How to survive the flu

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Consumer Reports has some tips to avoid getting sick and remedies to consider if you start feeling sick. (KFSN)

Influenza cases have increased nationwide in recent weeks. According to the Centers for Disease Control and Prevention, all U.S. states except Hawaii have reported widespread outbreaks of the flu, and the trend could continue for several more weeks.

So it's good to know how to prevent it, identify it and treat it.Consumer Reports has some tips to avoid getting sick and remedies to consider if you start feeling sick.

A very contagious strain of influenza type A called H3N2 has been causing most of the cases of the flu in the U.S. and is associated with more hospitalizations, and more deaths than other strains, according to the CDC.

Dr. Hilda Roque-Dieguez said, "This year I already have two patients in the hospital with the Influenza A, actually."

People at high risk for flu complications include people 65 or older, those with a compromised immune system or a chronic health condition like asthma, heart or lung disease and children under five. It is recommended they take an antiviral medication as soon as possible.

"The sooner that you fight it, the sooner that it works, later on, it lingers and it takes longer to work because the virus is already built up."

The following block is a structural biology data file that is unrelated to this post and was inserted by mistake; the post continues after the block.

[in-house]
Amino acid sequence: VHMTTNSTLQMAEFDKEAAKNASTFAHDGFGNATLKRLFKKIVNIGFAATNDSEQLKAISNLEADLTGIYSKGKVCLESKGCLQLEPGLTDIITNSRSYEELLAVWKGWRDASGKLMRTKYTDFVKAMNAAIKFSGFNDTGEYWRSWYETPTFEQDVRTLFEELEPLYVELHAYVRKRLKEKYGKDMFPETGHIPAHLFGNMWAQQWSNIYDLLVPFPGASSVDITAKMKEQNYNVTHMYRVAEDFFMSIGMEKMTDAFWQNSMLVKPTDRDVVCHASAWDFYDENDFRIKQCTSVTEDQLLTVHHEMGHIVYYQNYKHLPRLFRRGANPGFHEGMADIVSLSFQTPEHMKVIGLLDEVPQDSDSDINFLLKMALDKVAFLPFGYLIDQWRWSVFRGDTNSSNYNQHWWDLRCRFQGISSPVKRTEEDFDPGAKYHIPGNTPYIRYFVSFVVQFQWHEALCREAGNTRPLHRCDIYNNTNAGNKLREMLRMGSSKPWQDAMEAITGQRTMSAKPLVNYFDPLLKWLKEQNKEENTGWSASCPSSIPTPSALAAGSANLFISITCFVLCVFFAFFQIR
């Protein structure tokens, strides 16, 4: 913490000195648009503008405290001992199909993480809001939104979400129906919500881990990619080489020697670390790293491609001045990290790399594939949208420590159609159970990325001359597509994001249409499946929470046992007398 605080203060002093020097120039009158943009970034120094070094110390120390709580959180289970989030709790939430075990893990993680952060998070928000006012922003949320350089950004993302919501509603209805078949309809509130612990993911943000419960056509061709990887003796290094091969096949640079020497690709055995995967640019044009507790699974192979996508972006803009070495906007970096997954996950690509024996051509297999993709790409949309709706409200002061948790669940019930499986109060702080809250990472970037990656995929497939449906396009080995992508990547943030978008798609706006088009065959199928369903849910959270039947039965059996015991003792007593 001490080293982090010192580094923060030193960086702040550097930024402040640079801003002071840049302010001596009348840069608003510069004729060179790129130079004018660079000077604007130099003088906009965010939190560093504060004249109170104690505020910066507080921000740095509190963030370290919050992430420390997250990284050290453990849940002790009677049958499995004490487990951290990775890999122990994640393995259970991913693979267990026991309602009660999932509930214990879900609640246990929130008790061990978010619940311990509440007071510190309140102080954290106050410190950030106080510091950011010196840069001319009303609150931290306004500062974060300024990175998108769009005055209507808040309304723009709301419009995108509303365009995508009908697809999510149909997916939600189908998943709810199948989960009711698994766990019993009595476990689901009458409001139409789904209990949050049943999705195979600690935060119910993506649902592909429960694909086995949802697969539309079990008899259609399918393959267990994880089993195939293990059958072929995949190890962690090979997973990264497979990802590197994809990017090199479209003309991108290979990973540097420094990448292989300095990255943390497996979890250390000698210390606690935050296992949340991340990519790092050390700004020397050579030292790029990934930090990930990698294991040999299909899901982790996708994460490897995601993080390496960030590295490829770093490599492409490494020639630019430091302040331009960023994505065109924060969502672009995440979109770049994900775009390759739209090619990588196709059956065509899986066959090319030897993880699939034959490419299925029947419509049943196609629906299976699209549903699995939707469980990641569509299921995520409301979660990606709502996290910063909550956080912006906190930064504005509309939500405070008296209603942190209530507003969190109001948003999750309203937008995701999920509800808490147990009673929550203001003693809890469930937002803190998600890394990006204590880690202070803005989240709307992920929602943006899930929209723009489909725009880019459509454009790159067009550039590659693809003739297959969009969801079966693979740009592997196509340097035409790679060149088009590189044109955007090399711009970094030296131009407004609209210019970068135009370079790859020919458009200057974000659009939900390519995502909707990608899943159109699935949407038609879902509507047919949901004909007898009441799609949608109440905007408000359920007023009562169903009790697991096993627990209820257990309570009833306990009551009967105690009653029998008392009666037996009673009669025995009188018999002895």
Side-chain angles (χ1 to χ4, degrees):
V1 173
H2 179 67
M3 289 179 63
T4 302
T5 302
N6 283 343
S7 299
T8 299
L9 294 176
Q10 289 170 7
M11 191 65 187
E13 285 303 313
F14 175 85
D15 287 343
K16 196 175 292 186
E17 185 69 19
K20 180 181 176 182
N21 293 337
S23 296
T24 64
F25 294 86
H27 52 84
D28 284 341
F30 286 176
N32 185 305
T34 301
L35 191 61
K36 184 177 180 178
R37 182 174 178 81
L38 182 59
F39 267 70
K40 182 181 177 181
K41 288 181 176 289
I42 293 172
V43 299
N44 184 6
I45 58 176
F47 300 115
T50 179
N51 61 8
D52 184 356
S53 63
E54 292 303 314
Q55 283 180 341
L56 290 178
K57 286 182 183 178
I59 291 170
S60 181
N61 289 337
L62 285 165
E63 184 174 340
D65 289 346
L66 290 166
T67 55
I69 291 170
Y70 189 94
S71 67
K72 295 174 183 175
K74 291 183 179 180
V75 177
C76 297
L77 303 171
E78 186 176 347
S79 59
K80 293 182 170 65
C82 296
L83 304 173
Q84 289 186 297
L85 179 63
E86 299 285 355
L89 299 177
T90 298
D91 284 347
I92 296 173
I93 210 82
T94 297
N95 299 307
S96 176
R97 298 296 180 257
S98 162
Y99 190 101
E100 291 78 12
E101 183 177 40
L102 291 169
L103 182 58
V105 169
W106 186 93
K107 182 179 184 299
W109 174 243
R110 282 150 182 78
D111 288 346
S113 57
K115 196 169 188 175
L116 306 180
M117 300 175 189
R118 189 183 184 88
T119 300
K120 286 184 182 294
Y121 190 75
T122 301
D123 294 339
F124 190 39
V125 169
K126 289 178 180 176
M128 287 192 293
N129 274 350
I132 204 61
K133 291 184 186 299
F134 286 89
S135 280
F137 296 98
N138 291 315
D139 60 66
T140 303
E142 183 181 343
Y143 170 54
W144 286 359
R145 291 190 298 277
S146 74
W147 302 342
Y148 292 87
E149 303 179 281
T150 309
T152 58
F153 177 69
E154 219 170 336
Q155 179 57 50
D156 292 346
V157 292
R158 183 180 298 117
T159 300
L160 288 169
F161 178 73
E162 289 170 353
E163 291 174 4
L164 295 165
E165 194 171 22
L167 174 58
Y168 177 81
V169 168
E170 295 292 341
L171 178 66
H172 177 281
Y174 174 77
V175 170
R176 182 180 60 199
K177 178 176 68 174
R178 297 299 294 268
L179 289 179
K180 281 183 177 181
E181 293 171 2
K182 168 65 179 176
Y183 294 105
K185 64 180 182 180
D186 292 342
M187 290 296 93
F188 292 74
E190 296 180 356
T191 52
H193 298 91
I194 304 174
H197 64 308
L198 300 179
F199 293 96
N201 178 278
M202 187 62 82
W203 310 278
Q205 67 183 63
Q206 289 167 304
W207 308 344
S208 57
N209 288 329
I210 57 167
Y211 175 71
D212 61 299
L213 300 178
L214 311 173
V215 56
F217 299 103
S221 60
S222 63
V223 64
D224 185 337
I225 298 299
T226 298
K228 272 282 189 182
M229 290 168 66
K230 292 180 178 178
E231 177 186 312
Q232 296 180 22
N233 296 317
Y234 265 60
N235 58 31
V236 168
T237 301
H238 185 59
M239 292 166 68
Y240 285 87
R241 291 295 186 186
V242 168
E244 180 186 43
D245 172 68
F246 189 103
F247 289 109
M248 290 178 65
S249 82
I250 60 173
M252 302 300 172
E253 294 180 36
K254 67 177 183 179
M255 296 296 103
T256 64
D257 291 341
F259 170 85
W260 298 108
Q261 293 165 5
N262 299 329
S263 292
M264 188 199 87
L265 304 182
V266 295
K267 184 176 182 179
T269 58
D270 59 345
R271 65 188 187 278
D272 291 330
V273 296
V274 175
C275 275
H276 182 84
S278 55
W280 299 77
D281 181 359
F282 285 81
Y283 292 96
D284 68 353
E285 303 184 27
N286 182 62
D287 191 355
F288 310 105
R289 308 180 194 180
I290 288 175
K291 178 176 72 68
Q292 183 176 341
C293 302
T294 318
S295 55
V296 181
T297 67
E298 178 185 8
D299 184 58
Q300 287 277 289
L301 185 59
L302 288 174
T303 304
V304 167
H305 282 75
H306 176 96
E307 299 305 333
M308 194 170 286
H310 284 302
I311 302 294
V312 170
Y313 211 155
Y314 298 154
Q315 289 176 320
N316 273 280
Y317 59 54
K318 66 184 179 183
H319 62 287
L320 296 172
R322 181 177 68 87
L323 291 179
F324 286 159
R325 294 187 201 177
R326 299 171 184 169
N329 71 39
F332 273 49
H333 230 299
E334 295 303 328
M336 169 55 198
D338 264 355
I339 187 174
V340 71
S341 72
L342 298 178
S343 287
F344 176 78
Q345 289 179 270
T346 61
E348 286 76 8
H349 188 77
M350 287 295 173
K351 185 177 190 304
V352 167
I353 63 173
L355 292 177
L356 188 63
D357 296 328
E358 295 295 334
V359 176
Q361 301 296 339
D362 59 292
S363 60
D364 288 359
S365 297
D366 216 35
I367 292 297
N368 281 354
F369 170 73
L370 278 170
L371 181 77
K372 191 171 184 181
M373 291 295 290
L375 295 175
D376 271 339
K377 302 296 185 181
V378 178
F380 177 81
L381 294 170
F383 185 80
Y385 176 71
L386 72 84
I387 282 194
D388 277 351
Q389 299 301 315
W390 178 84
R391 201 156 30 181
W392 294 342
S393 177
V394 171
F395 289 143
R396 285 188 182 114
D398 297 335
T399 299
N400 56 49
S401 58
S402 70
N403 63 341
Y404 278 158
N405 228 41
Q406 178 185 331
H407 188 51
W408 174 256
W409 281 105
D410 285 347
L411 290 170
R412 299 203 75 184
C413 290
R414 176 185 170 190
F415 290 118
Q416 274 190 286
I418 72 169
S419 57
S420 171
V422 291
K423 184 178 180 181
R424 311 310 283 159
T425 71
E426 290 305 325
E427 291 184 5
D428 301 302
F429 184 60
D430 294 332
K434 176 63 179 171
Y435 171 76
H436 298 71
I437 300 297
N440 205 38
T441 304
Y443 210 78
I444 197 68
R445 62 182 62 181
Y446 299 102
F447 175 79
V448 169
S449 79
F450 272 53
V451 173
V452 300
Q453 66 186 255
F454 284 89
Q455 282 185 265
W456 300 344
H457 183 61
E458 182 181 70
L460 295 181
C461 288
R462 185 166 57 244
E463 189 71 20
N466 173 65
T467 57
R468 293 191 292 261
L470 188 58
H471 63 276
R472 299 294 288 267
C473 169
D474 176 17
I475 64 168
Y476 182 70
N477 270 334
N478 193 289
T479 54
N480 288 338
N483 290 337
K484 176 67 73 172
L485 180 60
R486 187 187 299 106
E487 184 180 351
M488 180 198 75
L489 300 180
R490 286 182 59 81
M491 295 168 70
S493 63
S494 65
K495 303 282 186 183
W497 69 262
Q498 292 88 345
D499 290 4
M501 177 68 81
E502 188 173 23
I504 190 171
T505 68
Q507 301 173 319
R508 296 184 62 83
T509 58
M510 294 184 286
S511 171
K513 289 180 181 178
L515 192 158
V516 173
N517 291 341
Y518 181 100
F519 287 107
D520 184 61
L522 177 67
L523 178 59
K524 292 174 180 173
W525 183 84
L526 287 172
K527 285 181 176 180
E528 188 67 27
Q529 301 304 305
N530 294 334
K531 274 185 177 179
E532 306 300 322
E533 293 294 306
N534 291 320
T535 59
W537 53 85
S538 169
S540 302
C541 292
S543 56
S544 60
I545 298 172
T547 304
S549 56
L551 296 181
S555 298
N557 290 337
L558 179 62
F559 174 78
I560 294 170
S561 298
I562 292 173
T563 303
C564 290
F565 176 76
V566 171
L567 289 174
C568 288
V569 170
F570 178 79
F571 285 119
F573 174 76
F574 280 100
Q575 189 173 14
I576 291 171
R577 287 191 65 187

For those not at high risk for complications, getting enough rest and staying hydrated should be enough to fight the flu. If you have a fever, headache or body aches, opt for over-the-counter pain relievers like acetaminophen, ibuprofen or naproxen.

Consumer Reports Health experts say it is not too late this flu season to get the flu vaccine.

Dr. Orly Avitzur said, "It can lessen the risk of complications and being hospitalized if you do get the flu."

Other ways to prevent getting the flu, use a humidifier to keep the humidity at 30 to 50 percent since the virus survives best in dry air. Wash your hands often with soap and water.

"Don't touch your eyes, nose or mouth to avoid transferring any virus you might have on your hands. Cover your sneeze or cough into your elbow if you don't have a tissue handy," Dr. Avtizur said.

Consumer Reports warns to avoid cough suppressants and antibiotics, which don't work for viral infections and can contribute to antibiotic-resistant bacteria. See your doctor if your flu symptoms improve but then fever returns and your cough worsens, or if you experience difficulty breathing, pain in the chest or abdomen, and severe or persistent vomiting. This may be a sign of secondary infection such as pneumonia.

There are still a few months left until the end of the flu season and outbreaks have already been reported nationwide. And the number of cases will likely increase.

It's good to know what you can do to help avoid getting sick or treating it if you do get it. Consumer Reports has some tips that may help make those flu symptoms more
tolerable.
Related Topics:
healthflu seasonflu prevention
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